Power Plant Failure Sends Inky Smoke Into Long Island City

By Jeanmarie Evelly and Jess Wisloski  on June 24, 2013 6:53pm

 Big Allis, a well-known smokestack in the Long Island City area, pours black smoke after a fan breakdown on June 24, 2013.
Big Allis, a well-known smokestack in the Long Island City area, pours black smoke after a fan breakdown on June 24, 2013.
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Photo Courtesy of Paul Albano

LONG ISLAND CITY — A power plant that generates electricity for city residents had a breakdown Monday, sending plumes of black smoke into the air for a short time in western Queens, officials said.

Massive clouds of the inky smoke poured from a smokestack into the air around 4:30 p.m., worrying residents who witnessed the unusual sight at the power plant still known locally as Ravenswood No. 3, or "Big Allis."

FDNY responders showed up based on reports of a fire at the TransCanada power plant at 38-54 Vernon Blvd., only to discover that a dysfunctional oil burner had caused the 4:30 p.m. eruption, an FDNY spokesperson said.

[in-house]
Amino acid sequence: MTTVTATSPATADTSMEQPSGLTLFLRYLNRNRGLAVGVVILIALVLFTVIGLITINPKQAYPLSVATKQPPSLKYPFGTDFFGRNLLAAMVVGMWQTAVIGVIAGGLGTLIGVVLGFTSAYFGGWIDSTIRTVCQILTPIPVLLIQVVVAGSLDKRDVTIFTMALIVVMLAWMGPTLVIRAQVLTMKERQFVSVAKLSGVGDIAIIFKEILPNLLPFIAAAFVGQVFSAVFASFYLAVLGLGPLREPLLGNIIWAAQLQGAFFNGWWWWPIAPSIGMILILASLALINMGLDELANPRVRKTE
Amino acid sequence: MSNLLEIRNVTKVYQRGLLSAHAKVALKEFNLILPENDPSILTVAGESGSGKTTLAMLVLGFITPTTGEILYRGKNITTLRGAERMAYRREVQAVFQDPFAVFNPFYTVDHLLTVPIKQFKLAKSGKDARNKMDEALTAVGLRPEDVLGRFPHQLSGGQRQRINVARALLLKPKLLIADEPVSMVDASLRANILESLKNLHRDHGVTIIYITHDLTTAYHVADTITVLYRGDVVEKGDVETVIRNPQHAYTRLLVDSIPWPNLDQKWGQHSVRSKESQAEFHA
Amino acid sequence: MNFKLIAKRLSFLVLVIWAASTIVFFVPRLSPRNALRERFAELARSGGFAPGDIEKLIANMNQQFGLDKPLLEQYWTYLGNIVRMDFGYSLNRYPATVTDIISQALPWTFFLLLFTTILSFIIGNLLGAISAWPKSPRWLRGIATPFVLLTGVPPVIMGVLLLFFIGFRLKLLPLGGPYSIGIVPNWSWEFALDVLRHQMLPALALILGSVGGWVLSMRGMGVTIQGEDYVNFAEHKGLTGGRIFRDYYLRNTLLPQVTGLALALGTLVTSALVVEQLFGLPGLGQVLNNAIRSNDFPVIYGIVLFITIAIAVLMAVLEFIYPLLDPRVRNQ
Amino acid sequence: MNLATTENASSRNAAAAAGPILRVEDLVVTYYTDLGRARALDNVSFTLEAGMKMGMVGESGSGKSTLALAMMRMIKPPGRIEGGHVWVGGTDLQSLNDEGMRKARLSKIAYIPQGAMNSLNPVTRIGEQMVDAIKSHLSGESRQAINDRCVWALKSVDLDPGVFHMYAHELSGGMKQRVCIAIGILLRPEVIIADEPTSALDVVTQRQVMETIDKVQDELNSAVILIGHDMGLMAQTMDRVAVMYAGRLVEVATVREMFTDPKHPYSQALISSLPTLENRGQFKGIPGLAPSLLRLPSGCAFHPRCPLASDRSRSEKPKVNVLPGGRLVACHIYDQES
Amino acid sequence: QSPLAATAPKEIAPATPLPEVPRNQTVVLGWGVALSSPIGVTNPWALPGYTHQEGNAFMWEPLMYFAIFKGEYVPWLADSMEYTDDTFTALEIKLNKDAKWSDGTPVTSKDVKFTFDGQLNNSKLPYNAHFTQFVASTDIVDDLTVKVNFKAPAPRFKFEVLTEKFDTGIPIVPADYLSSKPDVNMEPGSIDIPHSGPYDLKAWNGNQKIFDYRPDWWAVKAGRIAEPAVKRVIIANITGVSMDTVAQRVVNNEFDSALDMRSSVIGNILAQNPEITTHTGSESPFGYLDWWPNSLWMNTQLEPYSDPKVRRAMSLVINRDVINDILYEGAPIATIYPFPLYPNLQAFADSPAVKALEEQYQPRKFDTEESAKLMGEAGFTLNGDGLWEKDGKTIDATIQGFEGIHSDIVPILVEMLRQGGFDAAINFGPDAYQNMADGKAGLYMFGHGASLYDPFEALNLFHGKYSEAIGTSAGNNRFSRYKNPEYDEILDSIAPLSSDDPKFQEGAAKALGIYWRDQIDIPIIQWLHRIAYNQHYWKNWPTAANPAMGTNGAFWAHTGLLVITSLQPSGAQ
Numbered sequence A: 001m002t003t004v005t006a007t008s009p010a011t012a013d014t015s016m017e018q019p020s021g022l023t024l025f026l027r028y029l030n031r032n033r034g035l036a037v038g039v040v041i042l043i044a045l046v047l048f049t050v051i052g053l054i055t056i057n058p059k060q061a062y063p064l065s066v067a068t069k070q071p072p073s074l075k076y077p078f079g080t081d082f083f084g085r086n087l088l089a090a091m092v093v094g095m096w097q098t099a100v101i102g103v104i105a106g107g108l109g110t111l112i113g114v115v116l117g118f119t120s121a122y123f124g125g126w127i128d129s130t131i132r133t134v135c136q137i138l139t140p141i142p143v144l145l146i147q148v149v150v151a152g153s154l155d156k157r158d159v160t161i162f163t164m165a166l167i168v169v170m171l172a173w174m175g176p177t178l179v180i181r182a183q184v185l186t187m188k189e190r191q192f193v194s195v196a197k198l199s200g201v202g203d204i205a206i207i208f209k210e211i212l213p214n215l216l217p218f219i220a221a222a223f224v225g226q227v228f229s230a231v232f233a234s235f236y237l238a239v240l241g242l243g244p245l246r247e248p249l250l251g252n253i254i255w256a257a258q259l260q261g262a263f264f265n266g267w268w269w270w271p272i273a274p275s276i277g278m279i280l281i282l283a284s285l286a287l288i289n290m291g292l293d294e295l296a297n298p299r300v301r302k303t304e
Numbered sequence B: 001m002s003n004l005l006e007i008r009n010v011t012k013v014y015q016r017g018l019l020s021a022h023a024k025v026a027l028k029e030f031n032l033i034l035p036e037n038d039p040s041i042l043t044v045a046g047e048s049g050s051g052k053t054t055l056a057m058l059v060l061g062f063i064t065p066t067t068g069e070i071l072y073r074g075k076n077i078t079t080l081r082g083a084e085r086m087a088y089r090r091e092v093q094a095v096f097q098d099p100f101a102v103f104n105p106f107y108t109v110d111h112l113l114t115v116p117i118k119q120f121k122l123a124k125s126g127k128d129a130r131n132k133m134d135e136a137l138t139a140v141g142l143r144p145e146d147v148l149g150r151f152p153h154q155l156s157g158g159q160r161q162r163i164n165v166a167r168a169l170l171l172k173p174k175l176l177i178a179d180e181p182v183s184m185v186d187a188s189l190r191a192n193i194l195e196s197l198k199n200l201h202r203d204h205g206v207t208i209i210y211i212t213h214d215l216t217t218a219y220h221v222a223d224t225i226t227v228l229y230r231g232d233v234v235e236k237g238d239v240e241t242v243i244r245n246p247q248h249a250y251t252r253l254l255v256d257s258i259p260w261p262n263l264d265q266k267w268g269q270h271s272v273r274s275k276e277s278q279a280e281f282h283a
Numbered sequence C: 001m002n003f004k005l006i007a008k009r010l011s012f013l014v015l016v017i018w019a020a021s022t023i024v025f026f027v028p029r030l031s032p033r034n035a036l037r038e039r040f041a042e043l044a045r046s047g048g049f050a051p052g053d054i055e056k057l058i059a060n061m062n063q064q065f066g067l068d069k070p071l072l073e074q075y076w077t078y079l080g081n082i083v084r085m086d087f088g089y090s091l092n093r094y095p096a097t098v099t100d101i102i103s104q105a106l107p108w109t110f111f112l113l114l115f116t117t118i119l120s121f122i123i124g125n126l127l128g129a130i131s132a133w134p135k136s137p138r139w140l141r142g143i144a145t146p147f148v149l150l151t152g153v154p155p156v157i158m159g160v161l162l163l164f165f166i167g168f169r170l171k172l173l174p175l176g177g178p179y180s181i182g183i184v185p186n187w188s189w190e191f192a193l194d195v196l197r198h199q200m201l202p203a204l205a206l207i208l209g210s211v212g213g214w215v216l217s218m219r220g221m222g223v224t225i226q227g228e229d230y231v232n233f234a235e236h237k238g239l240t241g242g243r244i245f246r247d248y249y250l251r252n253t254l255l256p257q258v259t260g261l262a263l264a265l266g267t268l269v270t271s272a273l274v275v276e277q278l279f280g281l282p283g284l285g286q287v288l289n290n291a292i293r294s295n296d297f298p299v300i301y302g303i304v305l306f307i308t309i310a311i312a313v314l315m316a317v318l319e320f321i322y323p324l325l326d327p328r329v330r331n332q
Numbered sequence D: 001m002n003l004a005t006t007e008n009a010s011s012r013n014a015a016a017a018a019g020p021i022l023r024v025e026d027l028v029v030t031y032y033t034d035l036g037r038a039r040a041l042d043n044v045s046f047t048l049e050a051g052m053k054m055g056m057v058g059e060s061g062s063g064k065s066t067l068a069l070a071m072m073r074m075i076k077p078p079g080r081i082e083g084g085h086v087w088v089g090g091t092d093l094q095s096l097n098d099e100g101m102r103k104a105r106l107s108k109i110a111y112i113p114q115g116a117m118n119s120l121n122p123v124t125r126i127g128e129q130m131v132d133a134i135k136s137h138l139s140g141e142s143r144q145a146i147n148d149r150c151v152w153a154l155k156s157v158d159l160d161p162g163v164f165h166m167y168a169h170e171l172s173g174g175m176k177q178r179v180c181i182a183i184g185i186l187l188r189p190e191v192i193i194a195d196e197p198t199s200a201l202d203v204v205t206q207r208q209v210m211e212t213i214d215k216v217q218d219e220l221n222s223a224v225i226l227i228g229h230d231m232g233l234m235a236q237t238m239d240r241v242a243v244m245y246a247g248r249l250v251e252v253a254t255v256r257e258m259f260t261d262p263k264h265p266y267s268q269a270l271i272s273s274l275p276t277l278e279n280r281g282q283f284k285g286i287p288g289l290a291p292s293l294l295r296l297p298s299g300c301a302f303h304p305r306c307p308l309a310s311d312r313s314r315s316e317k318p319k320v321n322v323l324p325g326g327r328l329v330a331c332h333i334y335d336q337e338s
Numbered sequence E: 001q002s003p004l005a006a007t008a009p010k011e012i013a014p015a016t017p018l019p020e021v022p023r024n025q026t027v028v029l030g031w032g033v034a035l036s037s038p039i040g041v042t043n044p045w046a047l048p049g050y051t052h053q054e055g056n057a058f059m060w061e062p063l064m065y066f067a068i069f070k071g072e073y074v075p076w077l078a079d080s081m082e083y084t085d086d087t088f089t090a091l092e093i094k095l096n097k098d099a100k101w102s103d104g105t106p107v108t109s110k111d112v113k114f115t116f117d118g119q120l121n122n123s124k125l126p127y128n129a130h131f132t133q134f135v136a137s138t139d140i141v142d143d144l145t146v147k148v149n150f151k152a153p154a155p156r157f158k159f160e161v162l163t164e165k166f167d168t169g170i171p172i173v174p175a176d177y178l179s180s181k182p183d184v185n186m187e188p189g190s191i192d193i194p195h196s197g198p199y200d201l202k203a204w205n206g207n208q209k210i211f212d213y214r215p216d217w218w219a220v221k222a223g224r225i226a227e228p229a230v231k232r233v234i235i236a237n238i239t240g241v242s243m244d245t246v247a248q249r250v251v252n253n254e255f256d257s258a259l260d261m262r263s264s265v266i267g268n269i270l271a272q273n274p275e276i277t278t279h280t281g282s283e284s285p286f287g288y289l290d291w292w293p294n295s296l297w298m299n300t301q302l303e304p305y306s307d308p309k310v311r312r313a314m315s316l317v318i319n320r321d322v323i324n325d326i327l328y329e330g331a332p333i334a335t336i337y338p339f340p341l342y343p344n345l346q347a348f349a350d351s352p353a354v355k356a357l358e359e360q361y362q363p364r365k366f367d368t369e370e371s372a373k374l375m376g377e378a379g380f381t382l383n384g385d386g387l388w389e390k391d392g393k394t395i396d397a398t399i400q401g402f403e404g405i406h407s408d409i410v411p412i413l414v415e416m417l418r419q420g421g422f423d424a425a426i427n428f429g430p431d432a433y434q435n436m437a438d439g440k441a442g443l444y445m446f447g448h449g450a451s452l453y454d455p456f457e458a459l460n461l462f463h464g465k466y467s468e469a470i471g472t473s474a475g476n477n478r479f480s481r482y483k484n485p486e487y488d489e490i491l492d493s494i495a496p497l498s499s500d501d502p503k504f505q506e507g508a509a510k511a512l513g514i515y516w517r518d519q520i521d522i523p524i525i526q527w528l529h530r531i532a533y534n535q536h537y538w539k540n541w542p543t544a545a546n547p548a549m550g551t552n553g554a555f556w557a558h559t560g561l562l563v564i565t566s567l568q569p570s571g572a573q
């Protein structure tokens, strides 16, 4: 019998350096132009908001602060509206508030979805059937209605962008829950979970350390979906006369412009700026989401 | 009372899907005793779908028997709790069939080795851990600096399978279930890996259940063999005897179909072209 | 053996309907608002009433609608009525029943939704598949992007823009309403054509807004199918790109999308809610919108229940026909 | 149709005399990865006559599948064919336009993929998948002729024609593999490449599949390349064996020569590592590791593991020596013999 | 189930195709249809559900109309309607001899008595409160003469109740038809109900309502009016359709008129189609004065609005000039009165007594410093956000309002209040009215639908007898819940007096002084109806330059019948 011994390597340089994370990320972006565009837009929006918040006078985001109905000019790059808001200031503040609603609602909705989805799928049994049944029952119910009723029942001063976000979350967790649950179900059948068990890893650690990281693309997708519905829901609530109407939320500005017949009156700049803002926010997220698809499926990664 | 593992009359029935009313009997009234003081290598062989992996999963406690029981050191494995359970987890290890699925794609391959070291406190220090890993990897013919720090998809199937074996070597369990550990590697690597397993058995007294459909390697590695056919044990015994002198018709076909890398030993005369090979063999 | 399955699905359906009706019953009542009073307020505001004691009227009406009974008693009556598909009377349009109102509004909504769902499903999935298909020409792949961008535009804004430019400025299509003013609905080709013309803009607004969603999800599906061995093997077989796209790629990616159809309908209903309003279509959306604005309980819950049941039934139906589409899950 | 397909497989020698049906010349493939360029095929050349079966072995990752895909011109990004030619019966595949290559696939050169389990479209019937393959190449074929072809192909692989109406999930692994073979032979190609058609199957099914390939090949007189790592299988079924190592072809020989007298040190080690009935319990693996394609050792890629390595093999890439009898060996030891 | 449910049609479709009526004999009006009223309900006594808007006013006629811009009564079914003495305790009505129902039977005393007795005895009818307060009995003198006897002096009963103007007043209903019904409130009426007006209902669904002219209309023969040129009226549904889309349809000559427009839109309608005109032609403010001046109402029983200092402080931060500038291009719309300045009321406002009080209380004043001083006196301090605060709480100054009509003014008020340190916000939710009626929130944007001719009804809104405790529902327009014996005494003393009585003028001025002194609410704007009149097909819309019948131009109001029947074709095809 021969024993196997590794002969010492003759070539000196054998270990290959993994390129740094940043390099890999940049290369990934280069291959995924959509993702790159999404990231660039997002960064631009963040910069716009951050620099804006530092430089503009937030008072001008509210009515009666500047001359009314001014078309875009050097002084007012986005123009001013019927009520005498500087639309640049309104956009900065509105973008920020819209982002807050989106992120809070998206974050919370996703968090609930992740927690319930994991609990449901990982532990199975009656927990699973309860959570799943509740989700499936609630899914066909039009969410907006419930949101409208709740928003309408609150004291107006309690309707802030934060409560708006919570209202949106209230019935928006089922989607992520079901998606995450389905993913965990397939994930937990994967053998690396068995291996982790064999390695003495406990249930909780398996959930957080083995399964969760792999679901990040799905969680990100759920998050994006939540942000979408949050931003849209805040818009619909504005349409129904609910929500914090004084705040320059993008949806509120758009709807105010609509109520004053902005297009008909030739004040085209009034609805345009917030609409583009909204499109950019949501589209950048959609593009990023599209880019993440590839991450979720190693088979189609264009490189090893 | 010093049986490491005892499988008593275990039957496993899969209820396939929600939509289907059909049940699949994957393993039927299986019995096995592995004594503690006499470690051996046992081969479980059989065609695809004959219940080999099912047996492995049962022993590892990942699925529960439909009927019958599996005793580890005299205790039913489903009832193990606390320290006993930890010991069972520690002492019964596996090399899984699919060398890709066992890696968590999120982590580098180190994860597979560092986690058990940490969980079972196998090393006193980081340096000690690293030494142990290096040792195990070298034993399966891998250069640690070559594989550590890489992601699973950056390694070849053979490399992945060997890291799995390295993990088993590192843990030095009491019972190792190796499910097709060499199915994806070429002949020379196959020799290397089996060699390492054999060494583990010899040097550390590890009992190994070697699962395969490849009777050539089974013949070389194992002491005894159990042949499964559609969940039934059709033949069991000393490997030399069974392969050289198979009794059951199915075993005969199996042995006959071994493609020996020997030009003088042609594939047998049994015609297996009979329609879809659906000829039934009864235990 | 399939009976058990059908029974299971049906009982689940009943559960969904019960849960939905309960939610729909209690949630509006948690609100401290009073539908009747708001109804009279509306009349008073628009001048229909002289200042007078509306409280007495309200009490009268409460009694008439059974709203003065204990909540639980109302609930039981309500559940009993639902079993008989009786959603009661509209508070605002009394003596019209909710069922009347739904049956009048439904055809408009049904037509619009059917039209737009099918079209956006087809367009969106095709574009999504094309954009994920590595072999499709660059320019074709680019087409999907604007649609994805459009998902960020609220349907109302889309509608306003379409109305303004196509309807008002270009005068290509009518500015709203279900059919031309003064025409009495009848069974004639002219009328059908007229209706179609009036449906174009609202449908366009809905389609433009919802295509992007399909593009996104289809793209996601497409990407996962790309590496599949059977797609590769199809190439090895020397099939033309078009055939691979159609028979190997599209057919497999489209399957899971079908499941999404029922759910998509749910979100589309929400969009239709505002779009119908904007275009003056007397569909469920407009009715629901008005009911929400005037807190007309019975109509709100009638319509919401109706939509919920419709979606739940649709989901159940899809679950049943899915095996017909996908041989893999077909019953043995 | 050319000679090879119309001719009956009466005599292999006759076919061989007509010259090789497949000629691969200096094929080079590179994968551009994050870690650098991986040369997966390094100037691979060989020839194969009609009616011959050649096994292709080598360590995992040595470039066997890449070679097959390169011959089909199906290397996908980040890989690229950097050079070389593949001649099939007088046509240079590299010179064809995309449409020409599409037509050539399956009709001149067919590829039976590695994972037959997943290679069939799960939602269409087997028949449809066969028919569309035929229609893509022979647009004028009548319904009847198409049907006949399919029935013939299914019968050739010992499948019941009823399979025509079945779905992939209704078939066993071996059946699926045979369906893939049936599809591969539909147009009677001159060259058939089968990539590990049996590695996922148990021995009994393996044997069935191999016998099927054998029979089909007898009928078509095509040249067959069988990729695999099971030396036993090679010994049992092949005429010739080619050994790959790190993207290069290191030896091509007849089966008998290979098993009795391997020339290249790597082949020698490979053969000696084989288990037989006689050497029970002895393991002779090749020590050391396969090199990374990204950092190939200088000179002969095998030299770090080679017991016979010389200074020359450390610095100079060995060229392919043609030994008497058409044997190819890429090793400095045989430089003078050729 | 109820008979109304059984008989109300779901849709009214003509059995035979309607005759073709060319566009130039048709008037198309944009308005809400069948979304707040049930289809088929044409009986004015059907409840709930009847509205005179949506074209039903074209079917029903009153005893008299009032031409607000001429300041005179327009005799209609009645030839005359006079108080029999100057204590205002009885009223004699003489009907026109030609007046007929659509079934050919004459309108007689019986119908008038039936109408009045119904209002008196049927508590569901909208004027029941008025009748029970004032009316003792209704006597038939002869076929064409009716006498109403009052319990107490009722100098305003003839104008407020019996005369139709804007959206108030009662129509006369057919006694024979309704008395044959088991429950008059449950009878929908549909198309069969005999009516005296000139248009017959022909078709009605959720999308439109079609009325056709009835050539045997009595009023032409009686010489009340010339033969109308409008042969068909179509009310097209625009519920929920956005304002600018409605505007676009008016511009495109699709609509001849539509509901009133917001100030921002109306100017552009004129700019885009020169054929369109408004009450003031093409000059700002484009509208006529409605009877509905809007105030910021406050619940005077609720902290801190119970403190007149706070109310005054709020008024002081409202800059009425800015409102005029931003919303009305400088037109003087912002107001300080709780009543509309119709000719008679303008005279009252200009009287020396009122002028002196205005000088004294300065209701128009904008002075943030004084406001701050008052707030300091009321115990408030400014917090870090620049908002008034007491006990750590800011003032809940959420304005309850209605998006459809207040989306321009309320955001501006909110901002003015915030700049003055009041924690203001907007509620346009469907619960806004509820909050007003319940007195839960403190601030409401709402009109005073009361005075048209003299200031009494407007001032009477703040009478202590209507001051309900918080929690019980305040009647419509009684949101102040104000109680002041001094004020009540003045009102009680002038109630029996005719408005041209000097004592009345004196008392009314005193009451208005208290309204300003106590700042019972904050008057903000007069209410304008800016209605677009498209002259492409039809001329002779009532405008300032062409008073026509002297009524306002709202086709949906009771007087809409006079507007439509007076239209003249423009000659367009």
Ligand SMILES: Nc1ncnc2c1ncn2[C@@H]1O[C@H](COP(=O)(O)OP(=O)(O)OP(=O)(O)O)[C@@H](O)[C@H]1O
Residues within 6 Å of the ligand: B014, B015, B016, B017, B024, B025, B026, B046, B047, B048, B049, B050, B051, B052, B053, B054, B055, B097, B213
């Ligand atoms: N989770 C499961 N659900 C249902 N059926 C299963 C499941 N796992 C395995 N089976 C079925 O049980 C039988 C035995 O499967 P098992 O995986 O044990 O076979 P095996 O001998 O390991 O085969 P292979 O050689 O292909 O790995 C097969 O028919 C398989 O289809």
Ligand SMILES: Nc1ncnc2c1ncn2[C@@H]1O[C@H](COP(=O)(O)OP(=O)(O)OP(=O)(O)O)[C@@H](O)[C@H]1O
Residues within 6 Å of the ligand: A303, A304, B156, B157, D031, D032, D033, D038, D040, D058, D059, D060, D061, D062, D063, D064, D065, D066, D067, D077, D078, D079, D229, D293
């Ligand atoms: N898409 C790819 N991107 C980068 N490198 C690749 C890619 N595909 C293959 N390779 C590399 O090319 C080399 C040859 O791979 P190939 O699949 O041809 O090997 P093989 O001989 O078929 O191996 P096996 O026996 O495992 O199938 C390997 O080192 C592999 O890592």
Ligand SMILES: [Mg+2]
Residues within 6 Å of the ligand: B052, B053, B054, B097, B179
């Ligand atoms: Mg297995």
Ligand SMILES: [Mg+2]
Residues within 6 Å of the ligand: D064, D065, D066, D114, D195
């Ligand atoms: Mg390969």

"We saw a lot of smoke. I got scared," said Ali Zulfigar, works at a mechanics shop on 38th Avenue. "I've worked here 15 years and I've never seen smoke coming out of there."

The FDNY said the plant's workers were already in the process of remidying the situation when they arrived, and that the city did not intervene.

The smokey conditions were caused by the breakdown specifically of a boiler combustion fan, one of eight that operate in the plant, according to TransCanada, which responded to phone inquiries with a prepared statement.

"There was no fire, and there is no risk to human health," said Grady Semmens, a TransCanada spokesman. "Our personnel are investigating what took place, and until we can determine what caused the fan to stop and safely make repairs, this individual unit will be operating under a limited load."

He said the facility, called Ravenswood, was able to deliver additional power using a backup unit that is on site, "which will allow us to meet our commitments to our customers in the New York City area." 

However, a union worker at the scene said he thought there would be some extra burden on the city's infrastructure.

"The equipment tripped out, but the fuel was still going into the boiler," said Paul Albano, of Utility Workers Union of America Local 1-2. "This is a major tax on the grid."

A Con Edison spokesperson was not immediately available to report on whether customers were impacted in the delivery of electricty.

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